Friday, May 13, 2011

BRIDESMAIDS: The Film Babble Blog Review

BRIDESMAIDS (Dir. Paul Feig, 2011)
On his highly addictive popcast “WTF,” comedian Marc Maron often talks about comic actors that have a grasp on exactly what’s funny about them. 

In scene after scene of BRIDESMAIDS, Kristen Wiig nails exactly what’s funny about her. 

Lately Wiig has been so overused on Saturday Night Live reprising obnoxious characters that weren’t that amusing in the first place, and then at the same time she’s underused in a string of sideline parts in movies such as PAUL, EXTRACT, MACGRUBER, GHOST TOWN, DATE NIGHT, etc. that it’s so satisfying to report that her first starring role is a real winner. 

Wiig’s mastery of nervously nuanced body language, and naturalisticly awkward line readings carries her hapless heroine Annie here hilariously through this uber affable film. 

As a former bakery owner turned jaded jewelry store clerk whose life is going steadily downhill, we first meet Wiig in bed with Mad Men’s Jon Hamm in the funniest sex scene since TEAM AMERICA. Hamm is, in his own words on Conan, an unrepentant douche-bag, who only wants no-strings-attached sex, but it’s obvious that Wiig wants more. 

Hamm just has a small, and oddly un-credited role, so we know that’s not where this is going. Wiig’s best friend since childhood Maya Rudolph is getting married, and our sardonic sad sack heroine finds out she has competition in the Maid of Honor department in Rose Byrne as Rudolph’s new upscale best friend.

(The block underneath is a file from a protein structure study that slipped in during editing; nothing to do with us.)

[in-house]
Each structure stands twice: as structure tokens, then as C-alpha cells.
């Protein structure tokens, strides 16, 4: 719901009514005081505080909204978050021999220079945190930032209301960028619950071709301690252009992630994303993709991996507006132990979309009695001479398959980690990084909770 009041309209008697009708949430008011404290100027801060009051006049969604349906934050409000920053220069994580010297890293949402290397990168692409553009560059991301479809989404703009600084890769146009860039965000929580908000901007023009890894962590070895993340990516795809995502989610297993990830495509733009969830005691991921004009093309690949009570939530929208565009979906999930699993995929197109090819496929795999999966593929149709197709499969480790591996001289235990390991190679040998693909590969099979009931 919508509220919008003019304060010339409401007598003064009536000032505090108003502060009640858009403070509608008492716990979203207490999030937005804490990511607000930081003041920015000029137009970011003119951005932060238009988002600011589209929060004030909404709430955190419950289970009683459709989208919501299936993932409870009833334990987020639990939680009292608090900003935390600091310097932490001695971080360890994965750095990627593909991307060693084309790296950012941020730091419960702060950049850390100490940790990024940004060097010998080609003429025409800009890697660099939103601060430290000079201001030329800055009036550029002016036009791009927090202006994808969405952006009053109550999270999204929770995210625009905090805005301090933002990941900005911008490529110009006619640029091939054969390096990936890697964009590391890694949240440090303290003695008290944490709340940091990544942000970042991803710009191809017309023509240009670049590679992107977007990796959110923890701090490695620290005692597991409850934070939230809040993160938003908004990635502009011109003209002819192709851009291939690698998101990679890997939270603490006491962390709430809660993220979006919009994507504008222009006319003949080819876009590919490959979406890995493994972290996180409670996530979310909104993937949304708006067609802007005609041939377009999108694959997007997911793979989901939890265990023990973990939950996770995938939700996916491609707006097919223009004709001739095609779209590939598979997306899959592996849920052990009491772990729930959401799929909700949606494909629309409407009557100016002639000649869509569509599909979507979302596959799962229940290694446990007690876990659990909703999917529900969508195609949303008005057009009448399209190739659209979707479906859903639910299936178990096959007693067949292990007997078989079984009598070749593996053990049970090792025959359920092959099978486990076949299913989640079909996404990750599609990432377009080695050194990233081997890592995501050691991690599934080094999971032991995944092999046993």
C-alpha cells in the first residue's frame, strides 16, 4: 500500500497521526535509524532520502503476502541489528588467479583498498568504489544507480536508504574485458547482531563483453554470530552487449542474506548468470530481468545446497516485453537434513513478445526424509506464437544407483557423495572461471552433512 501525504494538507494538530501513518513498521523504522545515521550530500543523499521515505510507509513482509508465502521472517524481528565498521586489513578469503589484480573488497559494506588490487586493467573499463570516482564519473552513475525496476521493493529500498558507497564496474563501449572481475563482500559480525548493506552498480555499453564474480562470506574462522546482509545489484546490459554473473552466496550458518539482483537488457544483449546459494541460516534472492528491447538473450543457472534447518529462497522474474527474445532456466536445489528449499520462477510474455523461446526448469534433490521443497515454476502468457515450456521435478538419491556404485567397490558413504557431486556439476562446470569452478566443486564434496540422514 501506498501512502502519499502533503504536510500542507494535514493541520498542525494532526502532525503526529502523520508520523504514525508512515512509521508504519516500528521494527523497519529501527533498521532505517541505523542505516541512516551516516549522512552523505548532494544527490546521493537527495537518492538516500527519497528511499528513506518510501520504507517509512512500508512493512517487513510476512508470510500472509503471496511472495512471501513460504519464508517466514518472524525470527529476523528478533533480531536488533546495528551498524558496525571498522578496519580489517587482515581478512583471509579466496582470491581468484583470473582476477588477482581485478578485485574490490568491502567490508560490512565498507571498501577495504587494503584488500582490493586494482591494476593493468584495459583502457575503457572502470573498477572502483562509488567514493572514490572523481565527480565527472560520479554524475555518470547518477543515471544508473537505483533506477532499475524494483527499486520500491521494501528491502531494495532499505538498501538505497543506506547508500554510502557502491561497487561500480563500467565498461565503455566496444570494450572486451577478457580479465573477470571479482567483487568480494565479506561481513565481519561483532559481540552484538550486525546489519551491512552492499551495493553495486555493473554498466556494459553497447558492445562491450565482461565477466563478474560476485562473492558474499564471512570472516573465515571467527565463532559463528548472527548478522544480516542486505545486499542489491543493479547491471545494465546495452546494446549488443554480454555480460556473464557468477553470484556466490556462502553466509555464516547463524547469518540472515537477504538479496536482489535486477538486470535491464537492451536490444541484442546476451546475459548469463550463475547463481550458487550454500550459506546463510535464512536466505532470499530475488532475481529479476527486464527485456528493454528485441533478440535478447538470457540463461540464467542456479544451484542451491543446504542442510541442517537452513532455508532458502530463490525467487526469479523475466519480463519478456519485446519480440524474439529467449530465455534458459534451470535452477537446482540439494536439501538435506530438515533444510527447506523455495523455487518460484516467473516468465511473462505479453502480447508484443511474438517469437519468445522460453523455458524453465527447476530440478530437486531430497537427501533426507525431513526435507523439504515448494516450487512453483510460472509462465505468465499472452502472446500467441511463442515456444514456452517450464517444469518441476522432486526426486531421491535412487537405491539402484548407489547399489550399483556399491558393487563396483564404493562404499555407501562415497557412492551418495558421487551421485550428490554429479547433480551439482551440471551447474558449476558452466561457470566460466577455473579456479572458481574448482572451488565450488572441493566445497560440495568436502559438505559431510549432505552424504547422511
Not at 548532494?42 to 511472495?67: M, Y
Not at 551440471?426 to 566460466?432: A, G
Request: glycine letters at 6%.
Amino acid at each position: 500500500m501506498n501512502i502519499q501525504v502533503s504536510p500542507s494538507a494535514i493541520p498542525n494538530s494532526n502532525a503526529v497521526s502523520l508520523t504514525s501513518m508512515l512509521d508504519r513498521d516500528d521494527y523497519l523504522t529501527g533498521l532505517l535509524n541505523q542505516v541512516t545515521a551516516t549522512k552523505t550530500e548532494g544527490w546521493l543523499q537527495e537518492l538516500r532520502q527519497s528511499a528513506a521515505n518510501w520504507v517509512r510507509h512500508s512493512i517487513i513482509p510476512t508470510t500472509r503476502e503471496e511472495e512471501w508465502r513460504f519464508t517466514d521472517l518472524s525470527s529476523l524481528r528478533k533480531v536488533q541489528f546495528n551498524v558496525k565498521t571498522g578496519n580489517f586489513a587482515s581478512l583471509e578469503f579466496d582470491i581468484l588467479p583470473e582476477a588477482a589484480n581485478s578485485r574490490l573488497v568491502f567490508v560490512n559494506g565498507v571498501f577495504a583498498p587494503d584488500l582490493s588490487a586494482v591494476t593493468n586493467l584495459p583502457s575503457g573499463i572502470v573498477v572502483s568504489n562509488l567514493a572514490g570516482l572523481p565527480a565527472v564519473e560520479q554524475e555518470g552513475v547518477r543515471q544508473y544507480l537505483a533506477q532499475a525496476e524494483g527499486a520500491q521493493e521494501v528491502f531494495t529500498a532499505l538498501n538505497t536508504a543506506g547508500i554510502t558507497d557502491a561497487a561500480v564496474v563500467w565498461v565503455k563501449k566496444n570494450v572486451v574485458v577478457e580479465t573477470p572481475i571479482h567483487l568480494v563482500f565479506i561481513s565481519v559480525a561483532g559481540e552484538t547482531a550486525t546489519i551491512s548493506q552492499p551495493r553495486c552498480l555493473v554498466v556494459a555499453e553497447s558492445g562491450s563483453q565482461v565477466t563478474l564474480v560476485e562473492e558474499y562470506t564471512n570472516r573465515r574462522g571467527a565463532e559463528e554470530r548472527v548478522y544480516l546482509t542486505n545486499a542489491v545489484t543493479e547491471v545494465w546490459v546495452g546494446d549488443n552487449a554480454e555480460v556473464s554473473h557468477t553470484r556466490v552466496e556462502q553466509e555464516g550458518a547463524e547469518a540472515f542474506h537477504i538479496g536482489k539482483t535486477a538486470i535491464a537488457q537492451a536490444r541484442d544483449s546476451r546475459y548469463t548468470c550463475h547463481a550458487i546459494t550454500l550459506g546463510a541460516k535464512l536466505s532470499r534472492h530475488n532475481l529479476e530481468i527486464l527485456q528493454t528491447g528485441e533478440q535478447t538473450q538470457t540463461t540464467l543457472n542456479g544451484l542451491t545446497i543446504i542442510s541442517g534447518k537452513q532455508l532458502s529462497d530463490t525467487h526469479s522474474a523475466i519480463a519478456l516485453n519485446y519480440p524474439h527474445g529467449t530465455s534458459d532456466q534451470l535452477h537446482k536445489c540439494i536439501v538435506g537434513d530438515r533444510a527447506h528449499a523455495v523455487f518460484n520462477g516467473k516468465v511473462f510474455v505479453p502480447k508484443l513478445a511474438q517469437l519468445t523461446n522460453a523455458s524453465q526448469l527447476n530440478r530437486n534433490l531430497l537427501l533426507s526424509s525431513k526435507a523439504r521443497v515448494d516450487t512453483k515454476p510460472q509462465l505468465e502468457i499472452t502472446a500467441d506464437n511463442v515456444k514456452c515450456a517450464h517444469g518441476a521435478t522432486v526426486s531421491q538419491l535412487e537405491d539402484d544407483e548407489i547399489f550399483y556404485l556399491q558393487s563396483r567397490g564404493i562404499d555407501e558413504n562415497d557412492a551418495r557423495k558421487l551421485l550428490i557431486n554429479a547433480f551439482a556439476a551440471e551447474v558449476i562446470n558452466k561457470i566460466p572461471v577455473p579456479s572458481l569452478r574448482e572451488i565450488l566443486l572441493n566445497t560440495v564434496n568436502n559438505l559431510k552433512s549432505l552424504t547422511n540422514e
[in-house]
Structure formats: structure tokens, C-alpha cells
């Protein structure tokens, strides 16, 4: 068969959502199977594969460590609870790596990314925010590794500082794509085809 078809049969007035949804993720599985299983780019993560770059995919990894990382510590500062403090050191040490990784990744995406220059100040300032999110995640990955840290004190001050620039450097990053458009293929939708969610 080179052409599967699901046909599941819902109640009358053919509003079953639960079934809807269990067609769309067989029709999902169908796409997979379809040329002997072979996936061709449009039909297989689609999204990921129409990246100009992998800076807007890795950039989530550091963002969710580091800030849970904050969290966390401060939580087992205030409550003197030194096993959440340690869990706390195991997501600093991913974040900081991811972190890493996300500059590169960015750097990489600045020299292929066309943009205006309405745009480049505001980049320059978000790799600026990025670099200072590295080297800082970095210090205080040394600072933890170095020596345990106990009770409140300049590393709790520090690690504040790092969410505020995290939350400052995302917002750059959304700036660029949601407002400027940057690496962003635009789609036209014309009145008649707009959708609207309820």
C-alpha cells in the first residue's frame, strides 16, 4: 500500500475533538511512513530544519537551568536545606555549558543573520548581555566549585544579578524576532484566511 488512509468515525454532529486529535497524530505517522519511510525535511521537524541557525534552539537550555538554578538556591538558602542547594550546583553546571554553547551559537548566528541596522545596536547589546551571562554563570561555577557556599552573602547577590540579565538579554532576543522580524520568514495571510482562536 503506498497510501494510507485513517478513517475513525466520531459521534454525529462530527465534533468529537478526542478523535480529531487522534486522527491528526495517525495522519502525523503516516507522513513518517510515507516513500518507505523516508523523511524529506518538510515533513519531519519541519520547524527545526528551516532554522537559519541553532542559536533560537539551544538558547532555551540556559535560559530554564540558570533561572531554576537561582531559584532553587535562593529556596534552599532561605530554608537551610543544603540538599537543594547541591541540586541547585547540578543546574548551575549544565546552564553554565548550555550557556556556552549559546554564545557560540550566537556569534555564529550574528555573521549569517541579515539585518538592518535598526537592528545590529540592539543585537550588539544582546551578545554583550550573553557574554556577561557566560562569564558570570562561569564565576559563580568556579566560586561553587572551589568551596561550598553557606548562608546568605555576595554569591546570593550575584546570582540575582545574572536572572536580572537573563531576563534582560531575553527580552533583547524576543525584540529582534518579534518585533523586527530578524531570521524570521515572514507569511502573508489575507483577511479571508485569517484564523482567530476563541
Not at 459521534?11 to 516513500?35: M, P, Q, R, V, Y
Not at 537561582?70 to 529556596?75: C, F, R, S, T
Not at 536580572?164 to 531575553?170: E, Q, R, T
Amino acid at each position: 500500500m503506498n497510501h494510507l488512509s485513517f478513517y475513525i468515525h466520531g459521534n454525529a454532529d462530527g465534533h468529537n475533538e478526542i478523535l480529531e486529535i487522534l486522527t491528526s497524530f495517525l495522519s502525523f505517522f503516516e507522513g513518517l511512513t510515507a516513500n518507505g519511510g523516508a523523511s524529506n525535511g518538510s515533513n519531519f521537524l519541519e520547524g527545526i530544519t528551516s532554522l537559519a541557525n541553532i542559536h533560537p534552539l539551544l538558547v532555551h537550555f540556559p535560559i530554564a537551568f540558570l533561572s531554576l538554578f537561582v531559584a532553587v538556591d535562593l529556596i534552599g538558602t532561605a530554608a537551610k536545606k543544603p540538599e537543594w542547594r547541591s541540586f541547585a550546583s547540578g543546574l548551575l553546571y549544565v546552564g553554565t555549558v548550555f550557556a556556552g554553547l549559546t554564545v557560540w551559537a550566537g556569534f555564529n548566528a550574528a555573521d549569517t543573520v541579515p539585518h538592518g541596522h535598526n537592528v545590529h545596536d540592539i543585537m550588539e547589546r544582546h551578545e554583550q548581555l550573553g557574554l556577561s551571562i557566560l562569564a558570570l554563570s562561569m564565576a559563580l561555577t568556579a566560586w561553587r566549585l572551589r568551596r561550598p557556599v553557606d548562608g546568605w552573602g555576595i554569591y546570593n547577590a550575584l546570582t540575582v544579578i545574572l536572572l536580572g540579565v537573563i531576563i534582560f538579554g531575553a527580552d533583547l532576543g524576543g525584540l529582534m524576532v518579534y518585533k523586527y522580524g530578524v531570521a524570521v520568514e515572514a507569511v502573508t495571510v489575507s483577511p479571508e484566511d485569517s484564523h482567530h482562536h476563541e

There are shades of Wiig’s Penelope character from SNL, in a good way, in a bit at an engagement lunch as Wiig and Bryne keep trying to upstage each other, stealing the microphone from each other back and forth in vain to get the last word in.

The other bridesmaids that make up the wacky wedding group are Reno 911’s Wendy McLendon-Covey, The Office’s Ellie Kemper, and Mike and Molly’s Melissa McCarthy whose abrasive fearless performance comes close to stealing the movie, as funny as Wiig is.
On a plane to Vegas, Wiig gets drunk and tries to crash first class repeatedly while the rest of the cast gets in their own crazy predicaments which I won’t spoil. It’s a uproarious scene, but it’s far from the funniest ones on display, as a great sequence featuring Wiig breaking every law in the book driving up and down the road in front of a cop she had a fling with (Chris O’Dowd) tops it. I really can’t explain how this comes about – you’ve just got to see it for yourself. 

As that bemused cop, O’Dowd has charming repartee with Wiig and joins the well chosen cast which notably includes the last film role of Jill Clayburgh as Wiig’s ditzy celebrity portrait painting mother. Despite its predictable rom com trappings and some unnecessary gross-out humor (I could’ve done without a food poisoning/vomit scene in an expensive dress shop), BRIDESMAIDS is one of the funniest films of the year so far (that might not be saying much, I know). 

There are more laugh out loud moments than I can count, and Freaks and Geekscreator Feig (who also helmed episodes of Mad Men, 30 Rock, The Office, and Arrested Development BTW) does a great job shaping the material written by Wiig and Annie Mumolo with a touching tone and, for the most part, great timing. 

And coming from the Judd Apatow production line it’s a welcome change from the usual boy’s club fare. Ignore the accusations of BRIDESMAIDS being a female version of THE HANGOVER (although they did cut a Vegas party scene because of the similarity) and the superficial resemblance to such chick flick crap as BRIDE WARS, because this is an extremely funny movie that really should make Wiig a star. 

More later...

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